DaViD Boulet Lead Actor

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    Yeah,

    and like I said for some odd reason TV stuff tends to look worse on most HDTVs than it does on a front projection system *even* though the FP is bigger. I have a theory that some HDTVs are actually designed to make "TV" stuff look degraded a bit to make HD look even better by comparison!

    Anyway...to sum up on a FP yes, TV will not look nearly as good as DVD and HD, but it will probably not look as bad compared to them as it did on the RP HDTVs you saw.

    HD...whether over the air or on Sat., looks *much better* than DVD if the signal has been well compressed and is of good source material. The PBS HD signal at times makes it look like your 100" screen is a giant window...it's simply stunning. Much more detailed and clear than on ANY rear-projection HDTV...which is odd bcs you would think it would look sharper on the smaller screen. Oddly, it seems that HD only starts to really "spread its wings" when it gets going 86 inches or bigger. Most folks who are used to HD on their RP HDTVs have the same reaction when they see it on a well-calibrated FP system....it looks even *more* detailed and clear on that 100" screen than it does on their HDTV at home. Go figure.

    Size matters [​IMG]

    Bulb live varies from PJ to PJ but is usually around 2000 hours which I think comes out to a couple of years of watching a few hours each day (anyone care to do the math?). Replacement bulbs run from $300-$500 usually but for a few fancy PJs (which are above your $7K limit anyway) can go higher.
     
  11. david kennedy

    david kennedy Stunt Coordinator

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    Hey Dave what about the Sharp dt200 or the xvz90 do you have any knowledge of those two projecter's because i myself were looking into getting another widescreen and i can have the distance and the darkness in my room but i really don't want to go over 4 or 5 grand for projecter and screen. Both of those projecters are at price points that work for me. Another thing how high should my ceilings bein my room to get a projecter and if i get a dlp would not only be able to play regular console games but would i be able to play pc games on it? You have raised some very interesting points and i hope you can help me with some more information.
     
  12. Ted_C

    Ted_C Agent

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    David
    If I take some digital photos and put them up on my clubphoto site for you to view do you think you could help me design my home theater?!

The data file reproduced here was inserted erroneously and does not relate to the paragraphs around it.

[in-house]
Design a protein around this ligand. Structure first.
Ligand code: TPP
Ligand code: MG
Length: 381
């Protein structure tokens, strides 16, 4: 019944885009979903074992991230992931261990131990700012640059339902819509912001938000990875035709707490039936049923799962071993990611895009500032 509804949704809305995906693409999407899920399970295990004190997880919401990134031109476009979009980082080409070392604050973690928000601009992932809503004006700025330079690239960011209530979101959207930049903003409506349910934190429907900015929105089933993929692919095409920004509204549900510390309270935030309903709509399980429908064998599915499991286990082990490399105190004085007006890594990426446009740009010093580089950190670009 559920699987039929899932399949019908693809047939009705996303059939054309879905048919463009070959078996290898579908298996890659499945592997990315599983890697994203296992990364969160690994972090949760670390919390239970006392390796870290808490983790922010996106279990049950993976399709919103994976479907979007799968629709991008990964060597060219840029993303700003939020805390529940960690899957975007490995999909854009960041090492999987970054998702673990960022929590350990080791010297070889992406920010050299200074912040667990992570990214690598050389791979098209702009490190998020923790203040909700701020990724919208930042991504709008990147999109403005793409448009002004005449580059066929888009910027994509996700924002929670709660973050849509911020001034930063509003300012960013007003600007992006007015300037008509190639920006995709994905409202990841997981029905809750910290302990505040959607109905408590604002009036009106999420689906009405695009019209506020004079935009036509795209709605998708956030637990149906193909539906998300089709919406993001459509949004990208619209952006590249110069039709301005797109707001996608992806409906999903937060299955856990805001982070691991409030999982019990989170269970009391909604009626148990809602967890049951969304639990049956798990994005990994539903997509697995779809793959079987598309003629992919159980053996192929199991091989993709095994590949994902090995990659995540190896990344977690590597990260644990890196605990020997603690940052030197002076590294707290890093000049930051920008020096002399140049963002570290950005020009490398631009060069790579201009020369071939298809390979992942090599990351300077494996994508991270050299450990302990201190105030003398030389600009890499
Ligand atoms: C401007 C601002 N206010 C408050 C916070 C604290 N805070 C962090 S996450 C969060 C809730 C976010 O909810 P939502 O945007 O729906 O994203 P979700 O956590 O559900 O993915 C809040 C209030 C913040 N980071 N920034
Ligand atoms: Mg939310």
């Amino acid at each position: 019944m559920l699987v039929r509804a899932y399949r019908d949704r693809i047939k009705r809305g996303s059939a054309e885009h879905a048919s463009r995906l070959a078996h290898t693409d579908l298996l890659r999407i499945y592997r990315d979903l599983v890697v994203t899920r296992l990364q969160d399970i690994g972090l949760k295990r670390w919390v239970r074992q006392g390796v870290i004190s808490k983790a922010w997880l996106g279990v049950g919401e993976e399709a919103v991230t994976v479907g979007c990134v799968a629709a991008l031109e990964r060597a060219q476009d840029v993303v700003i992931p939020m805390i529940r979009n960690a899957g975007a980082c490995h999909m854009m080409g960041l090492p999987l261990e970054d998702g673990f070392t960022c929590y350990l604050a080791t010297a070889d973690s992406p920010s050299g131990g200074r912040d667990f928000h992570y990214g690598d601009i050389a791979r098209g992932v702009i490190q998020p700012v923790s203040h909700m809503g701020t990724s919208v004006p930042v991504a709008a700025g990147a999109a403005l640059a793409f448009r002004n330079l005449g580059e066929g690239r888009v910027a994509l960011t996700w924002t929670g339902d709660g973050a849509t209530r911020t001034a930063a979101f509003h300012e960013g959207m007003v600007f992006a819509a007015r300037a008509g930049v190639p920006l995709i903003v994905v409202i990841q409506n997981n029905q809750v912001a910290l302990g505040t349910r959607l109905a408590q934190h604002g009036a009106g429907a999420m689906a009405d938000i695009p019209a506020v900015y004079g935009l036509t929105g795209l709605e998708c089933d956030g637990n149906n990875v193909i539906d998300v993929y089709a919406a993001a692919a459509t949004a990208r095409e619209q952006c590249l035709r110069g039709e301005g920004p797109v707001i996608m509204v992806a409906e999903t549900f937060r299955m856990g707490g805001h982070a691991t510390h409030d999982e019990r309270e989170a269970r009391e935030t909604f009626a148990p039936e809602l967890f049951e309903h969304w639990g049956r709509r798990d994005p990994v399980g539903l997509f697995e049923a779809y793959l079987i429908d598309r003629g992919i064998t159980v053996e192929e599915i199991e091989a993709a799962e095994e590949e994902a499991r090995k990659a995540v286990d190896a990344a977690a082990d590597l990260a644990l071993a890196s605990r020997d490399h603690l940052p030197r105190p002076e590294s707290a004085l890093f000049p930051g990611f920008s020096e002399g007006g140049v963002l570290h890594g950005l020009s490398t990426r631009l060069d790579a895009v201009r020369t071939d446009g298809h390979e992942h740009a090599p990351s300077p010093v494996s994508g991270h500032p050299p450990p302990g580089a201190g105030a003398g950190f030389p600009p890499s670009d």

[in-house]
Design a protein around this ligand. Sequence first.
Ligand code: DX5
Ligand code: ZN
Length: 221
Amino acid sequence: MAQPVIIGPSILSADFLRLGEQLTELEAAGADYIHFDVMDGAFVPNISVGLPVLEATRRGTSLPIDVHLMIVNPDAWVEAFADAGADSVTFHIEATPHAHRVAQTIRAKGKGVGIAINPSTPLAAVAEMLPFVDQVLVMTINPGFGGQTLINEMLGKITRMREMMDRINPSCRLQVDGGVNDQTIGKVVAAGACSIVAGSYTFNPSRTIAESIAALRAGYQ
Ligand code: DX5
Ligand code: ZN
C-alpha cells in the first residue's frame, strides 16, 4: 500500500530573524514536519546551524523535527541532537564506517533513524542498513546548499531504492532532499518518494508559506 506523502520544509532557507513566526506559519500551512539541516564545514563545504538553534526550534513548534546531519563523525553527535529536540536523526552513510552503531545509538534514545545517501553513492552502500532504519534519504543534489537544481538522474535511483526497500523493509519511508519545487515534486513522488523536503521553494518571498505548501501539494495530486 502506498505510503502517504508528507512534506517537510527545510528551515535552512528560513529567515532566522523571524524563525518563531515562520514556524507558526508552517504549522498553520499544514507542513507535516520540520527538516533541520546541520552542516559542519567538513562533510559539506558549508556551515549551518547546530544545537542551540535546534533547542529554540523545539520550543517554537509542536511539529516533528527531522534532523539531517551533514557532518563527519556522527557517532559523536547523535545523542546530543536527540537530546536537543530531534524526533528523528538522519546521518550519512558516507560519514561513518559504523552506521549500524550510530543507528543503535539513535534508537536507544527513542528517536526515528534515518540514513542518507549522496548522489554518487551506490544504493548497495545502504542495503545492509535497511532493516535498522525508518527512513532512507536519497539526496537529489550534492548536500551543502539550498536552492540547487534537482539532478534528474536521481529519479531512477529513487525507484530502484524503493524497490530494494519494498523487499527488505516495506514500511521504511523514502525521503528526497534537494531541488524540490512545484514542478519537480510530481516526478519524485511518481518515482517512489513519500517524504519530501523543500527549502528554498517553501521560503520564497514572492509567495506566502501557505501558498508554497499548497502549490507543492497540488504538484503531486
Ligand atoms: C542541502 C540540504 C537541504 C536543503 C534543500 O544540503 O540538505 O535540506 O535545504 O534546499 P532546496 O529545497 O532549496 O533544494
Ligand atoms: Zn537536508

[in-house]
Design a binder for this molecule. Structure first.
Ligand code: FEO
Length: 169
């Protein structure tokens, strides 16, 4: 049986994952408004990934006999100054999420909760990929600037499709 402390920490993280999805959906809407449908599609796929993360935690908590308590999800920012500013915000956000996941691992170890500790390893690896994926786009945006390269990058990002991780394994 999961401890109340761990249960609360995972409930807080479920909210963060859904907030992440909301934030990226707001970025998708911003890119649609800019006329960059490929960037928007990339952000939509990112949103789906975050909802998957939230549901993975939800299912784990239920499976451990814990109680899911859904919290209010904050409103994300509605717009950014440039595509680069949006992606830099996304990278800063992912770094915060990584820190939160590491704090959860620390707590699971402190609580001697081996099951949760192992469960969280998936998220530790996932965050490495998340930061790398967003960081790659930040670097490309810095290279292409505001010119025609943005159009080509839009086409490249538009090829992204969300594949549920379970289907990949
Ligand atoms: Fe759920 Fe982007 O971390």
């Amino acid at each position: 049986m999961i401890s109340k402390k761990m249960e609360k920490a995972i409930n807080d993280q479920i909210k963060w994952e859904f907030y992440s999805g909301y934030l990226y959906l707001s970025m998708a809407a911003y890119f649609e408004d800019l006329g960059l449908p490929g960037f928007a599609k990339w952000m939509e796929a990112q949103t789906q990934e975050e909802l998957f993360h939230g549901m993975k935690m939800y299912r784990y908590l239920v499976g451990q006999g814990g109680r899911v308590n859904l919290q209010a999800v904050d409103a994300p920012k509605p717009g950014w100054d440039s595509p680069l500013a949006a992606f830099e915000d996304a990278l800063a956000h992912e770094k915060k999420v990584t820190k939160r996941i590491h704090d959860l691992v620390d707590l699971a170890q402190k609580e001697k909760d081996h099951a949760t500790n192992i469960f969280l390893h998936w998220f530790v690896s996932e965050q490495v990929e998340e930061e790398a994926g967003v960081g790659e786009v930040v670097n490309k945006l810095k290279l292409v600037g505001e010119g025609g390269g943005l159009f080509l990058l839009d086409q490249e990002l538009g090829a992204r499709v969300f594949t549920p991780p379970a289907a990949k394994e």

13. Humphrey

    Humphrey Stunt Coordinator

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    As a recent recipient of a Sony KDF-70XBR950 I can realisticly say that the ones you've seen in the Grand Wega line before likely were not set up right if the standard TV signal was that bad. If you have the chance to get in front of one with either a Satellite or Cable box feed there is several important steps to set it up right.

    Go to Menu -> Video ->Advanced Video ->
    DRC Mode (Set to High Density) and under the same menu
    BN Smoother (set to High)

    This will soften the picture somewhat but straight tv is much improved.

    As far as FP versus RP, I have a Studio Experience 12SF and the picture quality is top notch in its price range and under the right conditions. Bad thing is if I rent and can't go drilling holes in ceiling for mounts and cabling or spend the hundreds/thousands on custom draperies. I also have issues with stray light washing the picture out. The Rear Projection 70" rocks on except with very bright lights (like the ceiling fan in the room with four 60W bulbs 5 feet from the front of it. Even then it keeps looking decent. If I move or want to use it in another room two men can easily move it. It's the glare on the front that is the issue. With indirect lighting you'd have to be getting a suntan before it would really make it unwatchable, with reduced lighting it just keeps getting better and better. I did also see a notciable difference just between my older Sony DVD player and the new DVP-NS999ES I procurred to feed it a quality progressive scan picture. I hear (although Sony's site doesn't confirm it) that all signals fed to it are upconverted into 788P.

    I spent $5500 and tax on the set 2 weeks ago at Austin DES., it weighs about the same as my 36" direct View XBR Wega and takes up the same depth from the wall. I looked at it first at The Ultimate in Round Rock and their set just plain sucked, low quality house feed and only a low end DVD player hooked up to it. The glare from the plasma sets directly in front of the unit was distracting to say the least. But it served it's purpaose which was to suck people into that part of the store. Find someone that is feeding it the right signal, and then make your decision. I use it in a 11 X 13 room and it's perfect. It's my bedroom tv. I sit 7 to 12 feet from it and DVD's with the lights down low just plain blows your mind.